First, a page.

We’re going to tell you a little secret. Big Bend National Park is a very cool place, but just next door is a park that’s just as impressive. Big Bend Ranch State Park is a geologic wonder with sweeping desert views and some really, really great hiking! So get your four-wheel-drive-high-clearance vehicle ready, and let’s check out some trails.
Here are four trails that we chose to recommend because they are located in different areas of the park, giving you a good taste for all that Big Bend Ranch has to offer. Each one gives something unique and wonderful back if you’re willing to put in the work. Our first trail is easily accessed off the main park road; however, the other three will require the aforementioned specialized adventure vehicle.
The Closed Canyon Trail is an easy, 1.5-mile out-and-back. You will wind your way down a narrow, slot canyon. Don’t worry about tight squeezes! There’s nothing like that along the way. You don’t need any specialized gear either. Just follow our hiker tips below for walking in desert environments.
The cliff walls sore high above, and there’s plenty of room between them to meander and explore the canyon. You may be rewarded with an up-close look at a tinaja (depressions filled with water) along the way. The Closed Canyon is full of interesting plants and animals seeking shade from the intense desert sun.
As you approach the Rio Grande, the canyon will get more narrow. You won’t have direct river access without climbing gear. Be sure to be aware of the weather. Flash floods are a concern in the desert, and you don’t want to be in a slot when that happens!
For more details, click here.
Ojito Adentro Trail
This is a short, easy 1-mile out-and-back. The challenge is getting there. You’ll need that four-wheel-drive vehicle we mentioned earlier for the next three trails. Well, okay, to be honest, we didn’t have one. But we did have a high-clearance vehicle. You be the judge! Four-wheel-drive is definitely recommended.
This hike is all about the oasis at its end. You’ll hike through some dense brush and clamber over some rocks before reaching a beautiful spring-fed pool and trickling waterfall. The greenery seems so out of place in the Chihuahuan desert that you’ll be surprised and refreshed. It does seem so out of place.
Keep your eyes open for remnants of our ancestors. You may see evidence of rancher fences and tanks. Even farther back, the keen observer may notice middens (debris and depressions from native peoples who inhabited this area). In fact, if you look hard enough, you’ll notice evidence from ancient peoples all over this park. Please practice LNT.
For more details, click here.
Cinco Tinajas Trail
You could make this a really short hike if you just want a killer view of a dramatic canyon tiered with a series of tinajas. Follow the trail (about 1-mile out-and-back) to the scenic viewpoint. From up here, you get an amazing bird’s eye view of the Cinco Tinajas. However, I recommend walking a tad further on the loop to see the prehistoric pictographs. This will make your hike about 2 miles round trip.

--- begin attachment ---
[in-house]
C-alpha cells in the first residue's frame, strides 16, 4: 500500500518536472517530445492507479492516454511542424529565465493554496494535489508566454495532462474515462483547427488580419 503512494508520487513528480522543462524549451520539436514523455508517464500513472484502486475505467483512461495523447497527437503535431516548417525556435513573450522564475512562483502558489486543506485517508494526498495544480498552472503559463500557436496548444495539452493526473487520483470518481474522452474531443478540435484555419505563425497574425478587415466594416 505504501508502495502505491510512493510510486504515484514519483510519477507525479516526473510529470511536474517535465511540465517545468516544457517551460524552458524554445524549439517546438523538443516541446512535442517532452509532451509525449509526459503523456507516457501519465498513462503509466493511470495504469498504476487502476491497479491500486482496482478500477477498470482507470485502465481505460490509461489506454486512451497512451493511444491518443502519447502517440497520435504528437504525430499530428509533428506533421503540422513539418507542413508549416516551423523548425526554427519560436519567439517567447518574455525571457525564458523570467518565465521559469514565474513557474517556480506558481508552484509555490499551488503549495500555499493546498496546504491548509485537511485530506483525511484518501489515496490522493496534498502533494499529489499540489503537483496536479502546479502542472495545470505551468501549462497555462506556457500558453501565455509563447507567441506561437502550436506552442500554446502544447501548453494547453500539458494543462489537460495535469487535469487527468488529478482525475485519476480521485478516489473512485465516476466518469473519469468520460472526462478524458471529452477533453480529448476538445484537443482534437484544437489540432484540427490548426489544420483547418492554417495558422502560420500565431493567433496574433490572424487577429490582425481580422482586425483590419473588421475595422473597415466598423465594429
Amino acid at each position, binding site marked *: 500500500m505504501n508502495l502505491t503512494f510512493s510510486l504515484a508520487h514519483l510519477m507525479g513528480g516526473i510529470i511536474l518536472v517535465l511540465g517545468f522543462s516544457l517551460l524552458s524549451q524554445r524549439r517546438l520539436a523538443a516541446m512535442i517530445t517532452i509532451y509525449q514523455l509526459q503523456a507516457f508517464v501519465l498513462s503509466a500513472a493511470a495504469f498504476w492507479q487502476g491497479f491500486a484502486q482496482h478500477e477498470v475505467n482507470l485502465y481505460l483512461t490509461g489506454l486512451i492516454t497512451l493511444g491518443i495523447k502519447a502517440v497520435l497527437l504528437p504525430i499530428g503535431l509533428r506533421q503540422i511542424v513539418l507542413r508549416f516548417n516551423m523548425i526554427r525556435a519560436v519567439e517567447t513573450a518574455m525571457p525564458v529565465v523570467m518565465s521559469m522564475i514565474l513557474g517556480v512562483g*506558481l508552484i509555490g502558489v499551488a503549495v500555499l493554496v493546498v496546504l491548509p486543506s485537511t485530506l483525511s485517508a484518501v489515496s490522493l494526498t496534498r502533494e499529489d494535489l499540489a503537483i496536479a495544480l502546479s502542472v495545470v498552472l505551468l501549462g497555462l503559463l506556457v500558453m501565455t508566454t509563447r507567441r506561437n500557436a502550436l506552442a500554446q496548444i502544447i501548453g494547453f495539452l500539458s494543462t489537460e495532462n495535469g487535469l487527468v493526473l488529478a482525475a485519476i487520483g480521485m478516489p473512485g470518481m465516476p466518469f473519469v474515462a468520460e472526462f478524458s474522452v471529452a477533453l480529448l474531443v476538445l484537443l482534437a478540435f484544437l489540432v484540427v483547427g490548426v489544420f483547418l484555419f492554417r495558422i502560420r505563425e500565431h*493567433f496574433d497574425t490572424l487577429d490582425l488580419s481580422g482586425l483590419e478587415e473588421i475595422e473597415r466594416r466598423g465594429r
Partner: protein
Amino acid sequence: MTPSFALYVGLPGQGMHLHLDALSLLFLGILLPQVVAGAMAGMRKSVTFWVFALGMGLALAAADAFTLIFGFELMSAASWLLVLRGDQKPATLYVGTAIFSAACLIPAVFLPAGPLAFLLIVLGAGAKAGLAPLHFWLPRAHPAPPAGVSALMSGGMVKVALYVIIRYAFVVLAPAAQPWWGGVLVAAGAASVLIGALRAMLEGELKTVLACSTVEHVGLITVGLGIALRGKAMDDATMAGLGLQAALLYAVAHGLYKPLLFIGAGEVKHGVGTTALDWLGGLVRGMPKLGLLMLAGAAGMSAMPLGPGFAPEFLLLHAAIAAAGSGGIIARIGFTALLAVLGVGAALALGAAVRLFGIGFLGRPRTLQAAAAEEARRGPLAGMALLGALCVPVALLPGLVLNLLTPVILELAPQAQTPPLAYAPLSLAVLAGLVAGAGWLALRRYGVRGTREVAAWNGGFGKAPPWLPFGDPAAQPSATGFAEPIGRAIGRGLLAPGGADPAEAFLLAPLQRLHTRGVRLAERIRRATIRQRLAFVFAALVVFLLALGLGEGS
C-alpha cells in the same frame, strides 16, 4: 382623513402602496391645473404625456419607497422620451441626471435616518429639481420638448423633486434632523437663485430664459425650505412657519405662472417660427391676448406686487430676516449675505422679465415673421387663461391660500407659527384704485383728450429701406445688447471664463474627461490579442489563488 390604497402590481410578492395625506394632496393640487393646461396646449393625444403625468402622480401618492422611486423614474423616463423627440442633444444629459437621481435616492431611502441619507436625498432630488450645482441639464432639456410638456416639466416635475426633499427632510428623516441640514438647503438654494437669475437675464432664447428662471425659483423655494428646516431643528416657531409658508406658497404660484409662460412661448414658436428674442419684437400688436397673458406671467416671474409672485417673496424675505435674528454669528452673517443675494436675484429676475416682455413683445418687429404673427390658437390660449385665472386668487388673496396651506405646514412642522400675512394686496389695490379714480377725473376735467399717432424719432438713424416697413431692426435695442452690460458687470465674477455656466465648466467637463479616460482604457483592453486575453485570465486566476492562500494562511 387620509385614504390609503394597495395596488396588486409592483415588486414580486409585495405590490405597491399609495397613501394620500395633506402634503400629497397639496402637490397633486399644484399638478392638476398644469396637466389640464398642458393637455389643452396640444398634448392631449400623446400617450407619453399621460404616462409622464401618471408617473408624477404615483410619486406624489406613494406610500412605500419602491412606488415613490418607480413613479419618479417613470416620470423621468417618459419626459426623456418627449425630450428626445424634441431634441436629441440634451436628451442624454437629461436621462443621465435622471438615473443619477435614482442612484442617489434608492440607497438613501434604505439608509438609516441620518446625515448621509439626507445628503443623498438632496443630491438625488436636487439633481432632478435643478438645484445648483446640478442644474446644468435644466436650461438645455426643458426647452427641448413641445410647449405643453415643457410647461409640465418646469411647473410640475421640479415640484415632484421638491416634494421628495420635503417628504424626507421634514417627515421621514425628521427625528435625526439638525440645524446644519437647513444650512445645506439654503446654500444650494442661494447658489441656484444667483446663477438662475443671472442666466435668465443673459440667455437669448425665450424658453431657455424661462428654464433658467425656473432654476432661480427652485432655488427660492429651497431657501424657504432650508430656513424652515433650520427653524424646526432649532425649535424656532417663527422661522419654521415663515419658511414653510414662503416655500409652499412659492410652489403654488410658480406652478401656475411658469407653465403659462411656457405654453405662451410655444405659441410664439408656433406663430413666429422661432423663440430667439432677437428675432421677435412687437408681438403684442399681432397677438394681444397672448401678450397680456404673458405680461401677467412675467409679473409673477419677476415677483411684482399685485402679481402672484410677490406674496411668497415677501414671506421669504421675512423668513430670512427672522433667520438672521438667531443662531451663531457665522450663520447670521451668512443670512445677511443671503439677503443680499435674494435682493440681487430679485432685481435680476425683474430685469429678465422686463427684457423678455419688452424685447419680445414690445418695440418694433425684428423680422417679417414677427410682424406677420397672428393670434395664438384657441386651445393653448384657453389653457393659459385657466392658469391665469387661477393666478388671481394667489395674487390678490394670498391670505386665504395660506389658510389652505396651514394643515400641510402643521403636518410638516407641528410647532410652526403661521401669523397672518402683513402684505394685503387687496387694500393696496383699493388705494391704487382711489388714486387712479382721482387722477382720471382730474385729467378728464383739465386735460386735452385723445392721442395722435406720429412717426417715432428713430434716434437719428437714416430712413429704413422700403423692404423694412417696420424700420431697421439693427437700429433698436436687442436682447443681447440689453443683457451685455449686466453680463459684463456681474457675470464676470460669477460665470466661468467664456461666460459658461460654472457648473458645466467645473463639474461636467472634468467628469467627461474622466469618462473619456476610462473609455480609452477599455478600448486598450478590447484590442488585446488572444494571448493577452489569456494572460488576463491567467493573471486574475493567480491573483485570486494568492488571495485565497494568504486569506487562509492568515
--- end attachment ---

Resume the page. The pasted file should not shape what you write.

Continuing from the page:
For more details, click here.
Fresnos Canyon Camp
This is a moderately difficult hike because it has some elevation, and it is very exposed. We camped at the Pila Montoya Campsite #3, which is wonderful and secluded. From there, we hiked all the way down to Fresno Canyon Camp. This hike offers several remarkable sights: Manos Arriba, Los Portales, and The Flatirons.
It is approximately 12 miles round trip. View the Manos Arriba to see some beautiful handprints from the ancient natives who lived here long ago. Check out the picturesque Los Portales dramatic arches in the mountainside. The grand finale is the absolutely stunning Flatirons. These geologic formations are definitely worth the walk!
- Sunscreen and a desert hat.
- Be cautious of flash floods.
- Proper footwear.
- Water, water, and more water.
For other hiking destinations, click here.
We’re Melony and Travis LaCoss. Better known on the trail as Stretch and RamboJuice, hiker trash bloggers, photographers, and all-around dirtbags.
A few years ago, we took a giant leap away from our conventional lifestyle to backpack in the United States. After spending 5 months on the Pacific Crest Trail, we started our blog Hikerlore to share stories and provide useful information to backpackers, hikers, and outdoor travelers.
We plan to hike as much as we possibly can. During that time, we’ll write articles about our experiences and share photographs. Some of our posts will be narrative in nature, others will review backpacking gear and offer advice to hikers. Recently, we bought an old service van and converted it into a sweet travel van.
We are adventure seekers who hike national scenic trails, visit national parks, and travel around in a van blogging about outdoor travel. We have thru-hiked the Appalachian Trail (2,200 miles), Florida Trail (1,100 miles), and half the Pacific Crest Trail (1,400 miles). Our adventures have led us to over 50 national parks and monuments.
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